The list of spiritual gifts is long, 20 according to Slaughter, but think of how many different talents and skills it takes to run this world.  All of God’s children have spiritual gifts and all are needed to keep this world in operating condition.  Yesterday’s events also provided a worldwide broadcast of how well individual gifts fit together to meet the needs of the moment.

Reviewing the list of spiritual gifts may seem like a classroom drill, but it also causes us to stop for a moment and consider just what it takes for a global community to work fluidly:

  • Exhortation (encouragement)—ability to encourage people and assist them in moving toward spiritual maturity and personal wholeness; uses skills of comfort and confrontation, encouragement and instruction.
  • Giving—give of material wealth freely and with joy; uses physical resources in response to assessed needs.
  • Leadership—ability to see ‘the big picture’ and assemble component parts; uses ability to motivate, coordinate, and direct efforts.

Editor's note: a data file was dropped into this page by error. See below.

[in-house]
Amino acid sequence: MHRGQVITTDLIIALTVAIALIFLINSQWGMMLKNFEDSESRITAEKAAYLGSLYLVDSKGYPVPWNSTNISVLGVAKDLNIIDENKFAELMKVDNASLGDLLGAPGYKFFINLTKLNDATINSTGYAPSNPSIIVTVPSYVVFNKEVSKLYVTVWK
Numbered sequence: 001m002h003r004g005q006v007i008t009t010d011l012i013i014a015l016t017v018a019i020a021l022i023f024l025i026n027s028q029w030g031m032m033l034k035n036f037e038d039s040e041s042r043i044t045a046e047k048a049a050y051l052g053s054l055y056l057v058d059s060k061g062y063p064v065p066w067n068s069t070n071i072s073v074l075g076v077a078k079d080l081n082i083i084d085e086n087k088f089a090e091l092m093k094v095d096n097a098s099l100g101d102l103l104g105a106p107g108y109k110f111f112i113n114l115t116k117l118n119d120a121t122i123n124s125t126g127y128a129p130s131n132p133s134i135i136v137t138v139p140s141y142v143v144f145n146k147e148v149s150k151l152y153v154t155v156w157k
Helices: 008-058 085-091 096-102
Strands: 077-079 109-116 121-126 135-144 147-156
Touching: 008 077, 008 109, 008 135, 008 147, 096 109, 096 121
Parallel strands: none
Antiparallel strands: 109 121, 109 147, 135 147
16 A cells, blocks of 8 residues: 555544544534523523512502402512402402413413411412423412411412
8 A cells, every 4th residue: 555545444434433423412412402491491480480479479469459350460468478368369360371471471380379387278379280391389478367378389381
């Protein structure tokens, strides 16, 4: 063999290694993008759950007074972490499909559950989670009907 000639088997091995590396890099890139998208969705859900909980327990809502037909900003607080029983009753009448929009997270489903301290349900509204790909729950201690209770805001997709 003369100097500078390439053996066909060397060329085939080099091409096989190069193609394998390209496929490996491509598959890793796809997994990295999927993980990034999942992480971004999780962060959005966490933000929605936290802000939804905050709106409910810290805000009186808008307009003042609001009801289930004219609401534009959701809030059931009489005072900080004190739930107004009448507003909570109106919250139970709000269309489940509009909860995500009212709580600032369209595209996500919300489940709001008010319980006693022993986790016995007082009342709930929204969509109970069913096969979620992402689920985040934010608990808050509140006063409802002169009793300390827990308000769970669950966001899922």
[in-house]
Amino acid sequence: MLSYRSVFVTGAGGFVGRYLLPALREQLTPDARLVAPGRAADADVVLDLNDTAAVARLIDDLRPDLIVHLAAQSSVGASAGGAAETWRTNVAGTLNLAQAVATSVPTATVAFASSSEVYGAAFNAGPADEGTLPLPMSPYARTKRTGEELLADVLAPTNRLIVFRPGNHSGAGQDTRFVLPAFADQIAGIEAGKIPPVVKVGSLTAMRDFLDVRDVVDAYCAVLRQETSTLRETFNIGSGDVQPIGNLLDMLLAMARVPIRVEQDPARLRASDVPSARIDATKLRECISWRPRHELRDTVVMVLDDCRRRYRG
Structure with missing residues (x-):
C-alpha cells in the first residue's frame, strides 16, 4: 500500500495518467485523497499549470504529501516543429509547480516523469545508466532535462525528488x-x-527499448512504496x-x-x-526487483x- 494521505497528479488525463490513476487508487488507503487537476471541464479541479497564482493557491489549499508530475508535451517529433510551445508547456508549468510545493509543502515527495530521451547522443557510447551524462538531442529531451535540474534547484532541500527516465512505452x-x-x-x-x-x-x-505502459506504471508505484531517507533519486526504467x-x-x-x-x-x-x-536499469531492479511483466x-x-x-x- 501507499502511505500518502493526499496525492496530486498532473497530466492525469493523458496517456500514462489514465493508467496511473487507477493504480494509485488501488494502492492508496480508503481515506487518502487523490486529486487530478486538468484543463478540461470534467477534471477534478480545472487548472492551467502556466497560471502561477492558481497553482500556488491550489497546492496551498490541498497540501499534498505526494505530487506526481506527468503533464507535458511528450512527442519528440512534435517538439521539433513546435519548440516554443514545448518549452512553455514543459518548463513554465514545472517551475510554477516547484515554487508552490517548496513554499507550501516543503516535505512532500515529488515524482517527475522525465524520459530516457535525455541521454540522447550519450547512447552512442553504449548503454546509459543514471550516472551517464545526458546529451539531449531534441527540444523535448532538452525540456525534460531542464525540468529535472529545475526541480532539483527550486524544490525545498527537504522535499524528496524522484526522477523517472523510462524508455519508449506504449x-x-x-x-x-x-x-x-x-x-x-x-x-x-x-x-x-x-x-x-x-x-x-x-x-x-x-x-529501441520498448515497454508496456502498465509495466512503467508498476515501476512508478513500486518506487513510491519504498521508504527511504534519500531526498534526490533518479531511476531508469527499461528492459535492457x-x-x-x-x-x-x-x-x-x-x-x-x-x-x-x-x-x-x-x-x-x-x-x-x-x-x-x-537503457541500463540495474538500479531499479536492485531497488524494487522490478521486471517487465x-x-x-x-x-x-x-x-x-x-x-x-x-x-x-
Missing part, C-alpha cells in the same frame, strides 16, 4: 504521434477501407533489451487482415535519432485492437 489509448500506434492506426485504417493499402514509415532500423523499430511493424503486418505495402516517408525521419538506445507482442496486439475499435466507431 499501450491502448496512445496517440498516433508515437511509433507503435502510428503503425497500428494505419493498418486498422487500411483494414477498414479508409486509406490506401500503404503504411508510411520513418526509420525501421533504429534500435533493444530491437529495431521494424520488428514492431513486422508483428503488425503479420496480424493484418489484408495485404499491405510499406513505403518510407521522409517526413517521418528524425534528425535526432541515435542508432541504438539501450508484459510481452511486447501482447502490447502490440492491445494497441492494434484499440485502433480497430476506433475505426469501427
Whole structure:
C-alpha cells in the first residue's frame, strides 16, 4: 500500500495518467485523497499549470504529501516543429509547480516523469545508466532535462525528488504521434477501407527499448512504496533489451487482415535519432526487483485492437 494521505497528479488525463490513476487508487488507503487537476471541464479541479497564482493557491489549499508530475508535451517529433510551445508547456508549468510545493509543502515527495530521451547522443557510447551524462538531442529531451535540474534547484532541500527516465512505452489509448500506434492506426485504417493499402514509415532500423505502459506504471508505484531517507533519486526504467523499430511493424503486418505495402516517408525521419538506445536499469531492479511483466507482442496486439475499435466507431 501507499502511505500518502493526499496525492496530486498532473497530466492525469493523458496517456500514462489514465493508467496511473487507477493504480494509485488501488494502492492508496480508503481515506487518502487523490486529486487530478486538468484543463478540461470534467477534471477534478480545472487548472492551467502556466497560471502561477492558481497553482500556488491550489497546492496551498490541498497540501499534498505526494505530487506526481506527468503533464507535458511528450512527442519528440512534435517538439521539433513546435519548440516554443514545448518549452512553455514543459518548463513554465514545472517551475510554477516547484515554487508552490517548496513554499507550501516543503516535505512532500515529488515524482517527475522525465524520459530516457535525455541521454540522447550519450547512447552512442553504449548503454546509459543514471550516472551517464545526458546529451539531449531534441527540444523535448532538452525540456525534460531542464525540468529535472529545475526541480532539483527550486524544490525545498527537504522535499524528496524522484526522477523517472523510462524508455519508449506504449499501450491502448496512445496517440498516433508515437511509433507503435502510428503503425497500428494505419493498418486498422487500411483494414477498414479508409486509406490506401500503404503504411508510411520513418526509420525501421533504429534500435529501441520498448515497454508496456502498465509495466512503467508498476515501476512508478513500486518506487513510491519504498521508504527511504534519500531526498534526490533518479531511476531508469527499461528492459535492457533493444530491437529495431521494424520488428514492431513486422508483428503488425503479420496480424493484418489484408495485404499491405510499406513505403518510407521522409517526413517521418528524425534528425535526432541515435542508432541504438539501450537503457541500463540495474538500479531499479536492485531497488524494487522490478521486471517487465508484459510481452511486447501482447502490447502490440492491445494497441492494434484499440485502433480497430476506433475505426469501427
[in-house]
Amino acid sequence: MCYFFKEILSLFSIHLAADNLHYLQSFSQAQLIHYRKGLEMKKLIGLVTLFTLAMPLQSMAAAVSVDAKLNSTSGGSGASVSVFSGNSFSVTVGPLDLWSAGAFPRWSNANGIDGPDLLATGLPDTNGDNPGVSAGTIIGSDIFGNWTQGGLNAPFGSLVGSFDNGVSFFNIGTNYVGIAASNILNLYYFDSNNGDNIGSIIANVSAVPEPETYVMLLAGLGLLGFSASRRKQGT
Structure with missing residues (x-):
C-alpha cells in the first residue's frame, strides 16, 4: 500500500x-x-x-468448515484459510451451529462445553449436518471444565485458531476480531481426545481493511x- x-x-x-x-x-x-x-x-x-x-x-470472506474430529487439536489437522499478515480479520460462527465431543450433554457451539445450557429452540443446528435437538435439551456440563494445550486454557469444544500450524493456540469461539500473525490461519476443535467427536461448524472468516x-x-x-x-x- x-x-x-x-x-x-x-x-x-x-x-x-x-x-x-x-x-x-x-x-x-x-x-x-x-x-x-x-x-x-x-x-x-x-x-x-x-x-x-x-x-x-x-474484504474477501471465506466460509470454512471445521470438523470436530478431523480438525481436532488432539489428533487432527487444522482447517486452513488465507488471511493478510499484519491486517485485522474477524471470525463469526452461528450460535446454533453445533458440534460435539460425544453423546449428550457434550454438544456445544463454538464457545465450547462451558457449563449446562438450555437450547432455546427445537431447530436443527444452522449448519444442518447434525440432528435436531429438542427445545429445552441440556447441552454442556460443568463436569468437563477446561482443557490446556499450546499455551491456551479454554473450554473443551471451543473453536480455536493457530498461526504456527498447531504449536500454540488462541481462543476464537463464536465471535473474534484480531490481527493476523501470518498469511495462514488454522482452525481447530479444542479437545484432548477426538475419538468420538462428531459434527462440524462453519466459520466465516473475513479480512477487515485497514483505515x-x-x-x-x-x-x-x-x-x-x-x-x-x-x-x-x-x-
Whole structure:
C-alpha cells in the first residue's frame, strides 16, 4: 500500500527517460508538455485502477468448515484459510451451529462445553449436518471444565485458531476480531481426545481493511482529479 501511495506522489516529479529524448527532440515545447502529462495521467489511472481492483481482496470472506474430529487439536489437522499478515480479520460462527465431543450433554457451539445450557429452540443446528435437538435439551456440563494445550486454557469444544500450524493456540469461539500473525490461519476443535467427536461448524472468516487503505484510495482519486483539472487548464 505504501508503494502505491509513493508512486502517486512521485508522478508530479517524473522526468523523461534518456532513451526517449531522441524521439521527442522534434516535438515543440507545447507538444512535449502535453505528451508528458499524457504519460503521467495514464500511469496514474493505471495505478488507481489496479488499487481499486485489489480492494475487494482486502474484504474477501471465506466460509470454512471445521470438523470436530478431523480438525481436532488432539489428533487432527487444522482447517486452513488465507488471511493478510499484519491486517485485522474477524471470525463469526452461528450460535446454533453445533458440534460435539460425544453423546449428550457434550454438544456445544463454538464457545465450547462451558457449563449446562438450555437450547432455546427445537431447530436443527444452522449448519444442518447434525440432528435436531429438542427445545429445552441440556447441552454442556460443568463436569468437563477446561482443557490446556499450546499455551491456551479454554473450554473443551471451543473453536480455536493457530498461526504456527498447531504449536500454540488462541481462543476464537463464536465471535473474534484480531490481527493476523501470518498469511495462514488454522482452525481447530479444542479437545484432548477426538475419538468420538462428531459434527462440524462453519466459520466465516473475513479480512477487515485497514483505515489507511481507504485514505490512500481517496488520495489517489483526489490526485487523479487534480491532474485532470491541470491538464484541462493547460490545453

• Teaching—ability to understand and clearly communicate God’s truths to others in ways that leads them to apply God’s truth to their lives.
  • Prophecy—ability to proclaim God’s truth in a way that’s relevant to current situations and to envision how God would will things to change.
  • Mercy—ability to perceive suffering of others and to minister to them with empathy and without condemnation.
  • Serving—demonstrates God’s love through the ability to identify the needs of others and selflessly working to meet them.
  • Wisdom—ability to understand and apply biblical and spiritual knowledge to practical, everyday problems.
  • Knowledge—ability to understand, organize, and effectively use information … esp. for the advancement of God’s purposes.
  • Faith—ability to recognize what God wants to accomplish and confidence God will see it done.